Do You Know Your Credit Score? Here’s 4 Reasons To Check It Regularly
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Credit scores can be a scary concept, especially when you're applying for a mortgage or a car loan. However, ignorance isn't bliss when it comes to your credit. Keeping tabs on your score is incredibly important for a number of reasons.
1. Knowledge is power.
Whether your credit score is stellar or in need of major improvement, knowing the actual number is an important step on the road to being financially responsible. Ignoring your score and the factors behind it can leave you in the dark, unaware of where you stand when it comes time to buy a house or apply for a loan. Knowing your score helps paint an overall picture of your finances and gives you an idea of your borrowing power, so you're less likely to be surprised by the decisions of lenders.
One of the best ways to keep on top of your score is to let a website such as Credit Sesame do the work for you. The site is completely free to join and sends you an updated score each month. It also sends you daily alerts to let you know if anything has changed, and allows you to track all your financial information in one place, including payments, interest rates, and credit ratios. The score you receive from Credit Sesame is based on the VantageScore 3.0 model provided by TransUnion.
It's important to remember that you have several credit scores calculated from different bureaus, and that most lenders use FICO scores. However, it is generally safe to use your VantageScore as a benchmark, and to assume that any trends seen on that report will be reflected on other ones. This is because all scores are calculated using the same five aspects of your credit — payment history, credit age, credit utilization, credit mix, and recent credit.
2. It can encourage you to make changes.
Credit reports tell you more than just your score, such as habits that might be affecting your credit in a negative way. Those factors include using too much of your revolving credit, making late payments, or having too many hard inquiries on your file. Once you're aware of why your score isn't as high as it could be, you can start changing your financial behavior and see your number improve in no time.
The best things you can do to quickly improve your score are to keep balances low, pay your bills and other financial obligations on time, and pay off debt rather than transferring balances from card to card.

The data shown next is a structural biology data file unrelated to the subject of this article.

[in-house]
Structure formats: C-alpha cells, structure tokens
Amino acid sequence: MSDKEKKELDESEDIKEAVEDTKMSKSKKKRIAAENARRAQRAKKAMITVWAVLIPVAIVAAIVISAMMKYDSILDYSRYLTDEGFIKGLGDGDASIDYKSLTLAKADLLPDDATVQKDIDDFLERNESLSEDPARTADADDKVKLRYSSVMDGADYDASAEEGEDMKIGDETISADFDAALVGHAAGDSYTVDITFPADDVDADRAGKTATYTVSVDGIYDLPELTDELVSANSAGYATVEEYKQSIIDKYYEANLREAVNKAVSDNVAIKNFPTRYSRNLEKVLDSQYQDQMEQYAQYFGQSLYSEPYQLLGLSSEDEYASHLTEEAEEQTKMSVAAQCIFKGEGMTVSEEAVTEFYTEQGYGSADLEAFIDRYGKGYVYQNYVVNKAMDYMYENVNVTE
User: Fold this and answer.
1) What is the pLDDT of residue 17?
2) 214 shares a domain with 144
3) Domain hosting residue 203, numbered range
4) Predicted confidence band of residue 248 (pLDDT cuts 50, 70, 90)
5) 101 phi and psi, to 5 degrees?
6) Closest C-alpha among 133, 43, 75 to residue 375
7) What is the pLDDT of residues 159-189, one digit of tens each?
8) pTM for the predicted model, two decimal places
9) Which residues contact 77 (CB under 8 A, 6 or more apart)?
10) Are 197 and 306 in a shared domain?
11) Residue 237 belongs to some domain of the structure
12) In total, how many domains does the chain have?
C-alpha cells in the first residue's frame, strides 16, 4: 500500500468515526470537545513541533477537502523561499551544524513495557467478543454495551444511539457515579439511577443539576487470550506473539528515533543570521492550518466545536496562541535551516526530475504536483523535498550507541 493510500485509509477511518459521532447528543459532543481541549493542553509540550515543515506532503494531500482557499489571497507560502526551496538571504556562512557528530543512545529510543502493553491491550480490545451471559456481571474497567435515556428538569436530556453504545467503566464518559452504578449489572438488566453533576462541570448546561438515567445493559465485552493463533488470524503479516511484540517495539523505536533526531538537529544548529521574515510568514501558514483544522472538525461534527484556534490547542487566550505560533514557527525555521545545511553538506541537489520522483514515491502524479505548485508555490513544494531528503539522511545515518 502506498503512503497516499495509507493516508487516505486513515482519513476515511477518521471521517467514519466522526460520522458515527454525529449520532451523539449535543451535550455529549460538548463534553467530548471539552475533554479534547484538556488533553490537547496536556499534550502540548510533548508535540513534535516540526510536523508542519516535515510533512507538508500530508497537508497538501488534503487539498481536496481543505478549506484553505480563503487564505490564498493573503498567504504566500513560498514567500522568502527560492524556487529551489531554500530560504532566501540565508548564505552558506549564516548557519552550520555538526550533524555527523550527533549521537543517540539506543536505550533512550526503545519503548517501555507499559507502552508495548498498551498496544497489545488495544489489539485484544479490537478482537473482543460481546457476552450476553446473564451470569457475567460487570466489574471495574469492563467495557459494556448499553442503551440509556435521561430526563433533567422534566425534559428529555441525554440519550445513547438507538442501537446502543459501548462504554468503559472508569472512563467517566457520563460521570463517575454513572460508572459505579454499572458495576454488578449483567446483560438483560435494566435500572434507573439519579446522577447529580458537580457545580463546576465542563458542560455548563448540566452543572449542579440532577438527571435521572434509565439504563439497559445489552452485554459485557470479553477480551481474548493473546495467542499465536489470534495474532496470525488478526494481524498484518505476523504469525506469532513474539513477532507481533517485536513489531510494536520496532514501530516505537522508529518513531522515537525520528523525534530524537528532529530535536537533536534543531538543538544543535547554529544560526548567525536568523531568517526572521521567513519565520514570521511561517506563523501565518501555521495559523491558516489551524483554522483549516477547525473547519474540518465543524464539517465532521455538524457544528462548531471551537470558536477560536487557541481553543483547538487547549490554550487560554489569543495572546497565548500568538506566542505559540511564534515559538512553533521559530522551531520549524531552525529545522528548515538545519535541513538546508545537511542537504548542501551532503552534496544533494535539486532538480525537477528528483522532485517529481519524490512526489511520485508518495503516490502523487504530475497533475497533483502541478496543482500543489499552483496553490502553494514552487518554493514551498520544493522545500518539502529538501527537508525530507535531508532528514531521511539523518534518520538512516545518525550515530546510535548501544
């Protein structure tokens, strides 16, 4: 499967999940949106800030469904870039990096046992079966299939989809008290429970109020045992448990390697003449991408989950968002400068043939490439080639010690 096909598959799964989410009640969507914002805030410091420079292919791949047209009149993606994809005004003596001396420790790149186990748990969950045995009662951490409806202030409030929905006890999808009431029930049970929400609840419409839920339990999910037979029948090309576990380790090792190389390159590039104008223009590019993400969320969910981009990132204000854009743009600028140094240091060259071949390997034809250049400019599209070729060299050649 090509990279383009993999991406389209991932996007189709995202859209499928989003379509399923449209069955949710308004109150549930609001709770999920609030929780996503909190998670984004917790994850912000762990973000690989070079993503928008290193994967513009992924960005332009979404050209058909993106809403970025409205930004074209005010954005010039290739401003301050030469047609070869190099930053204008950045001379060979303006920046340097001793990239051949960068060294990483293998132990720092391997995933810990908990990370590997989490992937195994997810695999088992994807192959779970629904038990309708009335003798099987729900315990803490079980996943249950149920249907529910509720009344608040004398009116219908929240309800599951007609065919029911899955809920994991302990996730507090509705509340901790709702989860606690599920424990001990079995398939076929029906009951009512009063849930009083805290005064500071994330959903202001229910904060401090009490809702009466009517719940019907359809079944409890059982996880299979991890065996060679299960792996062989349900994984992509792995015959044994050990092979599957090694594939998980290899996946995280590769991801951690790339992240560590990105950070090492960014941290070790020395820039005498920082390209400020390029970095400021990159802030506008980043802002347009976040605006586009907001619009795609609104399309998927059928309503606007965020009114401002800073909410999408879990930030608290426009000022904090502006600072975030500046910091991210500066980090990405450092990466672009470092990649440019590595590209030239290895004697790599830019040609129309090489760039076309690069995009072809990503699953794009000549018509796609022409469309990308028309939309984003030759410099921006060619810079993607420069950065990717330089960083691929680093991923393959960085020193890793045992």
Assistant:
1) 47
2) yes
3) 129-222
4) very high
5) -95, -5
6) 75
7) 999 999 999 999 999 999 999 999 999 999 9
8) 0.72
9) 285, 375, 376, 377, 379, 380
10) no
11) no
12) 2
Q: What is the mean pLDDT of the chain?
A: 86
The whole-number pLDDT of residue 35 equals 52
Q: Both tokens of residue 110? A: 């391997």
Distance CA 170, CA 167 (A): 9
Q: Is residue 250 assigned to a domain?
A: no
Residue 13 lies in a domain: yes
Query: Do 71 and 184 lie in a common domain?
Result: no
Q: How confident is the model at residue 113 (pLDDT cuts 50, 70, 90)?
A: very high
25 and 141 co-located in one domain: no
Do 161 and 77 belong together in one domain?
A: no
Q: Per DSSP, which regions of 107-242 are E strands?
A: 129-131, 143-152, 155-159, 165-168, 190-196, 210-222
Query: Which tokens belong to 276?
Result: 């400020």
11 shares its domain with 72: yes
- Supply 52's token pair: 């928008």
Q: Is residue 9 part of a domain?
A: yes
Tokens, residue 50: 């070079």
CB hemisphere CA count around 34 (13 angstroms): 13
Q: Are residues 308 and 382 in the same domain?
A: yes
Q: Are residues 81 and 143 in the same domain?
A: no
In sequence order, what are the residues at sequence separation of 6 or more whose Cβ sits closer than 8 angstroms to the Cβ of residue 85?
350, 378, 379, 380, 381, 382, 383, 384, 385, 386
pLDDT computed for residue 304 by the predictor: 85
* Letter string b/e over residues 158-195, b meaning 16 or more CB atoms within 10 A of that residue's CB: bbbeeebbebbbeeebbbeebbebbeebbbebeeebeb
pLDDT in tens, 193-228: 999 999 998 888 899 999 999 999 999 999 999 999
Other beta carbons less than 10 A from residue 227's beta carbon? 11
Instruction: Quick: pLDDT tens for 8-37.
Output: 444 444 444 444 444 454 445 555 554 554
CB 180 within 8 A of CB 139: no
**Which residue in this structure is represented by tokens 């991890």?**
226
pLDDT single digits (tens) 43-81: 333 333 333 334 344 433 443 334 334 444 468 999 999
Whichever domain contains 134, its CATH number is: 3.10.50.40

Getting your credit limits raised can also help, as it will lower your utilization ratio. However, you should only opt for this tactic if you're a financially responsible person who won't feel tempted to use the increased spending power.
3. It can help you spot errors.
Credit bureaus aren't perfect, and inaccuracies in reports are more common than you might think. This should perhaps come as no surprise, as each of the “big three” agencies — TransUnion, Equifax, and Experian — are said to have files on more than 200 million people.
Mistakes on your credit report can include having someone's else's information on your file — particularly if you share a similar name or Social Security number — or having wrong information about your own accounts. It's also not unusual for a bureau to believe that closed accounts still remain open, or to list some debts more than once. Accounts can also be wrongly reported as late or delinquent.
Correcting errors can be a time-consuming and often frustrating process marred with paperwork and bureaucracy. However, websites like Credit Repair can help guide you through the process. The company works with credit bureaus to dispute unfair or inaccurate items that negatively affect your credit score, and ensures all information on your credit history is current and accurate. It also provides you with monitoring and alerts powered by TransUnion.
4. It can reveal if you've been the victim of identity theft.
Identity theft is a lucrative business for thieves who have become extremely good at circumnavigating anti-fraud barriers. In fact, a February study from Javelin Strategy & Research found that fraudsters successfully targeted a record 15.4 million Americans in 2016 — a 16% increase from the previous year. In total, they stole $16 billion dollars.
Keeping on top of your credit score can help you understand if you've fallen victim to this fast-growing crime. If you see unfamiliar charges or accounts on your file, you'll want to act fast. Filing a police report and putting a fraud alert on your credit reports should be your first two steps.
You'll also want to inform your bank and credit card issuers, and file an identity theft affidavit with the Federal Trade Commission (FTC). It doesn't hurt to contact the Social Security Administration and the Internal Revenue Service (IRS) if you believe your Social Security number may have been compromised.
TransUnion's TruIdentity program is a great way to protect your identity. It's completely free, and allows you to lock out thieves with the touch of a button — faster than a traditional freeze. It also monitors your report, keeps you up to date with alerts, and provides up to $25,000 in identity theft insurance.
While paying your bills on time and not maxing out your credit cards are certainly great rules to live by, staying informed about your credit score is just as important.